Vitamin C is an essential nutrient that plays a variety of roles in human health. In particular, it supports collagen synthesis and, as an antioxidant, can help improve your skin. Topical vitamin C for the skin is thought to help prevent aging, pigmentation and sun damage, but hasn't been studied as much as other forms of this essential nutrient.
Vitamin C and Human Health
- Help the body make collagen
- Help the body absorb the iron found in plant-based foods
- Improve fertility
- Improve skin health
- Minimize the effects of aging, particularly wrinkles
- Protect the body's cells from free radicals, which helps prevent disease
- Protect the skin from damage by ultraviolet light exposure by acting as an antioxidant
- Support the function of the immune system
- Support wound healing
You can find vitamin C in a variety of foods, especially fruits and vegetables, including peppers, broccoli, kiwi fruit, citrus fruits, strawberries and Brussels sprouts. According to the National Institutes of Health, most women should consume about 75 milligrams of vitamin C per day, while most men should consume about 90 milligrams per day.
Vitamin C is also available as a supplement that comes in topical, oral and injectable forms. These supplements may be made from products like synthetic ascorbic acid or a type of mineral ascorbate, also known as buffered vitamin C.
The effects of all types of vitamin C are generally considered to be equivalent, but some may be preferred over others based on the reason the supplements are taken. Regardless of the source it comes from, vitamin C is most effective when combined with other micronutrients like vitamin E or zinc.
Topical Vitamin C for Skin
The vitamin C in your body is largely stored in your skin — specifically in your epidermis and dermis. However, as you get older, the amount of vitamin C in your skin decreases gradually. Exposure to excessive amounts of UV light, cigarette smoke and other pollutants can also reduce the amount of vitamin C in your skin.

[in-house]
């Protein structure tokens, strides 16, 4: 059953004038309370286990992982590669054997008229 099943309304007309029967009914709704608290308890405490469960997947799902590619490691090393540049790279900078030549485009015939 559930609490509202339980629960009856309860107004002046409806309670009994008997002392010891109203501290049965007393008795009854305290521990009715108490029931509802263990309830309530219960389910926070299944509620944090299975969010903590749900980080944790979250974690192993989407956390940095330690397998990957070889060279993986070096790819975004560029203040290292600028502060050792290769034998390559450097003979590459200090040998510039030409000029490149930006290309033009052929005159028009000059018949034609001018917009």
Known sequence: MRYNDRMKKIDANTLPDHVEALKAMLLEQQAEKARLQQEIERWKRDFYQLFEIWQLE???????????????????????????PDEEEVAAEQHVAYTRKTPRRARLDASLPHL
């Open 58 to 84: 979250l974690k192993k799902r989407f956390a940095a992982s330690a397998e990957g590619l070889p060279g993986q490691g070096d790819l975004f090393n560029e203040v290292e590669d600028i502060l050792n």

To counteract this, people often take extra amounts of this nutrient, beyond the regular daily requirements. For example, the National Institutes of Health recommends that people who smoke take an additional 35 milligrams of vitamin C per day.
When you take oral vitamin C supplements, these pills are digested and the nutrient travels to your skin. Because of this, some people choose to use topical versions — topical vitamin C serum effectiveness can be equivalent to that of oral vitamin C.
However, most people who choose to take the vitamin in this form are looking for some type of cosmeceutical benefit.
- Helping replenish vitamin E, which also works as an antioxidant
- Neutralizing the negative effects of UV radiation and pollution, thanks to its role as an antioxidant
- Preventing dry skin
- Protecting against the effects of UV-related aging, like spider veins, coarse skin and wrinkles
- Protecting against UV-induced suppression of the immune system
- Protecting against UV-related cancers
- Promoting the synthesis of collagen
- Supporting wound healing, particularly of burns or pressure ulcers